Dissertation Title: Sarax and Sutura: Alms and the Value of Discretion in Dakar, Senegal
I am a linguistic and semiotic anthropologist who is concerned with how people think about, judge, and manage the movement and circulation of information and (or as) objects (talk, commodities, metadata). My past fieldwork in Dakar, Senegal, has focused on the city’s charitable and domestic economies, tracing the kinds of knowledge and ongoing relationships built in and through networks of care managed by the city’s female householders. In this work, I have come to focus on the local value sutura (often translated ‘discretion’) as a guiding principle in Senegalese models of communication and interaction. My new work uses sutura -- in conversation with Black postcolonial and diasporic approaches to information systems -- as a means to critically rethink anthropological models of communication, circulation, and individual action and efficacy and to reframe current understandings of information economies, global information security, and data sovereignty: moments in which nationstate regulation of privacy and data ownership intersects the claims of corporations.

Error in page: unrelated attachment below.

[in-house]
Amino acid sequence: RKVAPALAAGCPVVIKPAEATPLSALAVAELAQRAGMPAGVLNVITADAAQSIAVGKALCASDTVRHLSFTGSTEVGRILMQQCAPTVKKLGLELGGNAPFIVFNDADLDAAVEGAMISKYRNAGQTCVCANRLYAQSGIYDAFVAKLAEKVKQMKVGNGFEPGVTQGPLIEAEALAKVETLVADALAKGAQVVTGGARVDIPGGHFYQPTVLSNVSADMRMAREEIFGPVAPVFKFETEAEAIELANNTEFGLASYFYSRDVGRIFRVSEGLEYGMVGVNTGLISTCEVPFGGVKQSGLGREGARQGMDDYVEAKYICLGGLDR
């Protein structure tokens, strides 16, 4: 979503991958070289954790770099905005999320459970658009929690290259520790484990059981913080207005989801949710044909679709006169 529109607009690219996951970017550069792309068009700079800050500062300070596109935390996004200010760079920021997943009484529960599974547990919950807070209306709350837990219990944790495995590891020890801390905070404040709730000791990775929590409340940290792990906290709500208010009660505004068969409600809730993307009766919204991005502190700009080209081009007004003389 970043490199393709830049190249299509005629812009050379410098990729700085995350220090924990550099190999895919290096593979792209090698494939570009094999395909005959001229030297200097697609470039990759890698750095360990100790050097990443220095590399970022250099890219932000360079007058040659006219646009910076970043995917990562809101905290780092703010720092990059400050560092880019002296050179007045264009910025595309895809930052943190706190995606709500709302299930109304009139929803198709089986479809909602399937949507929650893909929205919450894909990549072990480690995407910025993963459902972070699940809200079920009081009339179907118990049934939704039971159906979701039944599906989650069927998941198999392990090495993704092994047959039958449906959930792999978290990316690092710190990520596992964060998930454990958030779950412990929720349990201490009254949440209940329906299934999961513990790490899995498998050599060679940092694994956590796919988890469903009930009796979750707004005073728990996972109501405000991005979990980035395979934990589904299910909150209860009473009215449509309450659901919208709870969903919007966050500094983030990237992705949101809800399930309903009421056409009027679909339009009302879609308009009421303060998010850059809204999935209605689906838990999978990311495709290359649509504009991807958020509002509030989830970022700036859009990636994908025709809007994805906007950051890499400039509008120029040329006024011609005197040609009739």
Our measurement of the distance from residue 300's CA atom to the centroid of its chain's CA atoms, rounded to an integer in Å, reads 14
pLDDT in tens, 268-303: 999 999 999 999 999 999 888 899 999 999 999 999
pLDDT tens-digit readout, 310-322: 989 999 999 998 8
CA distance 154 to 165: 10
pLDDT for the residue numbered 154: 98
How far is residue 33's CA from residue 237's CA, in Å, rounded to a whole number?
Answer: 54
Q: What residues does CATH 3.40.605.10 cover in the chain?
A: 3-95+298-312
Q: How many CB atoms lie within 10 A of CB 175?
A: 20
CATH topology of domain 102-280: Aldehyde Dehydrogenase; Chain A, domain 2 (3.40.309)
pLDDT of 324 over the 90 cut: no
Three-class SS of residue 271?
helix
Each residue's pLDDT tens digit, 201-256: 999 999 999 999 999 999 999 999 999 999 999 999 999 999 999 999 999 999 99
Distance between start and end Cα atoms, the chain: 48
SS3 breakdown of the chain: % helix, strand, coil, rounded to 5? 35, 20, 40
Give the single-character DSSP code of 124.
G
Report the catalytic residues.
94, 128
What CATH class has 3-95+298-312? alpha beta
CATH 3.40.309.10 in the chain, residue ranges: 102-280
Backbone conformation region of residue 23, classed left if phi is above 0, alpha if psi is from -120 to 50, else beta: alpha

I do research in Wolof, French, and English, and have served as a medical and legal interpreter for Wolof in New York City. My work has been recognized by support from the Wenner-Gren Foundation for Anthropological Research, the Charlotte Newcombe Foundation, FLAS, and the West African Research Association.